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The How to Guide for Implementing a Tenant Screening Process

The How to Guide for Implementing a Tenant Screening Process

As a property manager or landlord, your rental properties are significant investments, and the tenants you choose to occupy them are vital for maintaining their value and ensuring a steady flow of rental income. An essential component of this is implementing a robust tenant screening process. This fundamental step safeguards your investment while fostering a positive, secure, and profitable leasing environment. By adequately researching applicants, landlords can avoid dealing with timely and often costly tenants. That’s why nearly 90 percent of landlords reported they screened potential tenants in one form or another in 2022.

Continue reading and explore the importance of a comprehensive tenant screening process, the key elements to include, and what tools can help you along the way. 

Why is it Important to Screen Applicants?

Profit margins can be slim, and every dollar counts. Without meticulously vetting prospective tenants, you can end up paying considerably more than you may want, causing harm to your reputation and your wallet. Below are the top 5 issues that can arise without the proper tenant screening process.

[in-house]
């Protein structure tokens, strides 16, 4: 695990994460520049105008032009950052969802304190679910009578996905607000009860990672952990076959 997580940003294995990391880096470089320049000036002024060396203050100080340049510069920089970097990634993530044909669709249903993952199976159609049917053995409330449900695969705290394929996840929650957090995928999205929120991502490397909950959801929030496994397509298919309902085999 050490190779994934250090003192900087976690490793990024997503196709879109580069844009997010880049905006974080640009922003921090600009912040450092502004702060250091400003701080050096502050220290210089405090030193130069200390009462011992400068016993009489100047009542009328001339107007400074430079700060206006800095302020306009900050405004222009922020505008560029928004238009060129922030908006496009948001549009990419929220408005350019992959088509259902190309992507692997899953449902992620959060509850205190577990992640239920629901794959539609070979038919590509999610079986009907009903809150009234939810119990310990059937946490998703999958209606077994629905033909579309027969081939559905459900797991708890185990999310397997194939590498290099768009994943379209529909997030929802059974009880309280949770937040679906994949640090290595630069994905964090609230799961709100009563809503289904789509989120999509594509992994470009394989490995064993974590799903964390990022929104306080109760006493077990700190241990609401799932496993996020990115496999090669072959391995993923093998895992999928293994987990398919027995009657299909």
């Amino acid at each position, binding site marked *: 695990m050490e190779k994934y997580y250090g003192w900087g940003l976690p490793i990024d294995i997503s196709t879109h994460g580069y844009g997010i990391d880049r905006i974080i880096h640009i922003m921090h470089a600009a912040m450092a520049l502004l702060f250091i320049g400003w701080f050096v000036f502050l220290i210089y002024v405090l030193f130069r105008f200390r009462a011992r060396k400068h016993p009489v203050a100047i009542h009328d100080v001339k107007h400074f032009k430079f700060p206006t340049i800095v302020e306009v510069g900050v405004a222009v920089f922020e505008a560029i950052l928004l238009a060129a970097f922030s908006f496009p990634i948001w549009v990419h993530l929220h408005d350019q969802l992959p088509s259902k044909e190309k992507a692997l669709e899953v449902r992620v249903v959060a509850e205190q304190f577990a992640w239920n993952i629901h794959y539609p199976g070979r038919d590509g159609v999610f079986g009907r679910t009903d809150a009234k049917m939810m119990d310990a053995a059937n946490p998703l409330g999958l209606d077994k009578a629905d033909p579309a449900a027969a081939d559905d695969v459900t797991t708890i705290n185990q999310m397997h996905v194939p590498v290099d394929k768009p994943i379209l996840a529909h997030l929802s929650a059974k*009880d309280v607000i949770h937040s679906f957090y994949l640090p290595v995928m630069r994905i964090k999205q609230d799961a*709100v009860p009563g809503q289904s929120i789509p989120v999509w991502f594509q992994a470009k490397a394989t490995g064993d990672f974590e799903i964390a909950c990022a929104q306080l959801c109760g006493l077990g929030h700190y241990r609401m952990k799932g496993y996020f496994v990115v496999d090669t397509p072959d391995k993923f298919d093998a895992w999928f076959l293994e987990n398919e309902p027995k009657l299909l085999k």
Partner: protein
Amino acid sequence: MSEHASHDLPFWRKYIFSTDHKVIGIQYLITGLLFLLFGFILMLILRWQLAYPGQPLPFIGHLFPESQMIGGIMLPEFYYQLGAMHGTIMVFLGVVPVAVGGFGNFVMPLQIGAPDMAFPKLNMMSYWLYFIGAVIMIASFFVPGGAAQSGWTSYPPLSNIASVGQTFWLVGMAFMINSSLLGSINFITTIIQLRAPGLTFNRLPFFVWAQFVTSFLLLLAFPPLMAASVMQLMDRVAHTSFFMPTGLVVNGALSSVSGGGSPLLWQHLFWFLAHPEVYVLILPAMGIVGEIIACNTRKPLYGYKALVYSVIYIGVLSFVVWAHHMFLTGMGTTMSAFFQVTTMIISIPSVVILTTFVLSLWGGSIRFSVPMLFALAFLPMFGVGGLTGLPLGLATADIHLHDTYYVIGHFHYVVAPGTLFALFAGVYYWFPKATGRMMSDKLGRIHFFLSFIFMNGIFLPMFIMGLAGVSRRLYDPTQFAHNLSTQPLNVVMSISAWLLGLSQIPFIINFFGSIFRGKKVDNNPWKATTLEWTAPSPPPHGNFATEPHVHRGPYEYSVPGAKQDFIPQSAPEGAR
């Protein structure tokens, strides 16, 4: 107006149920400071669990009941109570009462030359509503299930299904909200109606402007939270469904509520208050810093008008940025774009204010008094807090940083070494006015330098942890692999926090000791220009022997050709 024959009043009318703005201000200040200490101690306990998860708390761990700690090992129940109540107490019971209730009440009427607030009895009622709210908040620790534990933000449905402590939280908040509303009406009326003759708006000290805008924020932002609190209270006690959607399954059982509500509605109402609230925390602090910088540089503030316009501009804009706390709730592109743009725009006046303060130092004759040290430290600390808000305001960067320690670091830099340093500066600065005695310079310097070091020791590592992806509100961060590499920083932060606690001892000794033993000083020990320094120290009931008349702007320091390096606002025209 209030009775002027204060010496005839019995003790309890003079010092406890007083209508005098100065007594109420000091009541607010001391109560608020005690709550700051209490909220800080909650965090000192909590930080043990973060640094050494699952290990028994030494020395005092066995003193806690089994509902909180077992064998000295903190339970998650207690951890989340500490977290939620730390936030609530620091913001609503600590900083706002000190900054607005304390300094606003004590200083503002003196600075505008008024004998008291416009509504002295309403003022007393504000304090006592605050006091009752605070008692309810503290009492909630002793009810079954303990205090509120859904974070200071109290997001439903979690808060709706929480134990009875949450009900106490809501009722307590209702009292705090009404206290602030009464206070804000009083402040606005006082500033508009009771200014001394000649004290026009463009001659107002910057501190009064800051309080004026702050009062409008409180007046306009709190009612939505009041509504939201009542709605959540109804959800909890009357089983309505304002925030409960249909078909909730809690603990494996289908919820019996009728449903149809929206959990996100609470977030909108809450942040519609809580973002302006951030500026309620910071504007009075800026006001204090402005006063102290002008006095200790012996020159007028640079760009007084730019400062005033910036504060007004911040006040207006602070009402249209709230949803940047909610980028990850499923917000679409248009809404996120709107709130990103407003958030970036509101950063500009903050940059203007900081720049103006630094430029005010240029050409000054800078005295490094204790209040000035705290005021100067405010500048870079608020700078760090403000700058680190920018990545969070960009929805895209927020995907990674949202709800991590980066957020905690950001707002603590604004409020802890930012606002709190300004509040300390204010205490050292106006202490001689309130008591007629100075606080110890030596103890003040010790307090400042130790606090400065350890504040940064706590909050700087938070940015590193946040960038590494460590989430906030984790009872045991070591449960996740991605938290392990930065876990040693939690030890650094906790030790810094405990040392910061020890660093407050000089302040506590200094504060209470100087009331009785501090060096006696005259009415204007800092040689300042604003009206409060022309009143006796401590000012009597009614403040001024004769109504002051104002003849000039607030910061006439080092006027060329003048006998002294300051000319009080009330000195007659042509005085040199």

Late Payments

One of the main issues landlords face is dealing with late rent payments. Every property manager has dealt with it before. It starts with rent showing up a little later than usual, and the next thing you know, it doesn’t show up at all. Losses add up monthly; before you know it, the eviction process starts.

Sadly, there is also no guarantee that the tenant will pay back the rent once they are evicted, forcing many landlords to hire a third-party debt collector to make up for losses as much as possible. 

Property Damage

As a landlord, you may encounter tenants who are careless in their treatment of your rental property. They might leave holes in the walls, misuse appliances, and cause significant damage to your investment. Although the security deposit will cover some expenses, it might not be enough for all the necessary repairs.

Prolonged Vacancy Time

You must still fill the vacant space even after a harmful tenant leaves. Usually, a landlord will have a longer vacancy period due to extensive repairs to get the property back in order. Keep in mind that rental vacancies in principal cities are rising and increased by 17.2% in 2022.

Legal Battles

There is a chance that the tenant could take you to court, resulting in a costly legal battle. To avoid legal disputes, it is essential to always comply with your local real estate laws and eviction procedures and work with tenants to avoid common disputes like the ones listed below:

  • Habitability
  • Accessibility
  • Occupancy Rules
  • Necessary repairs
  • Housing discrimination

Eviction Fees

Sometimes, the only solution is to evict a troublesome tenant. This process can be lengthy and costly, but in the end, it might be the only way to free yourself from the issue. The entire eviction process can take 3-4 weeks to go through and costs on average $3,500.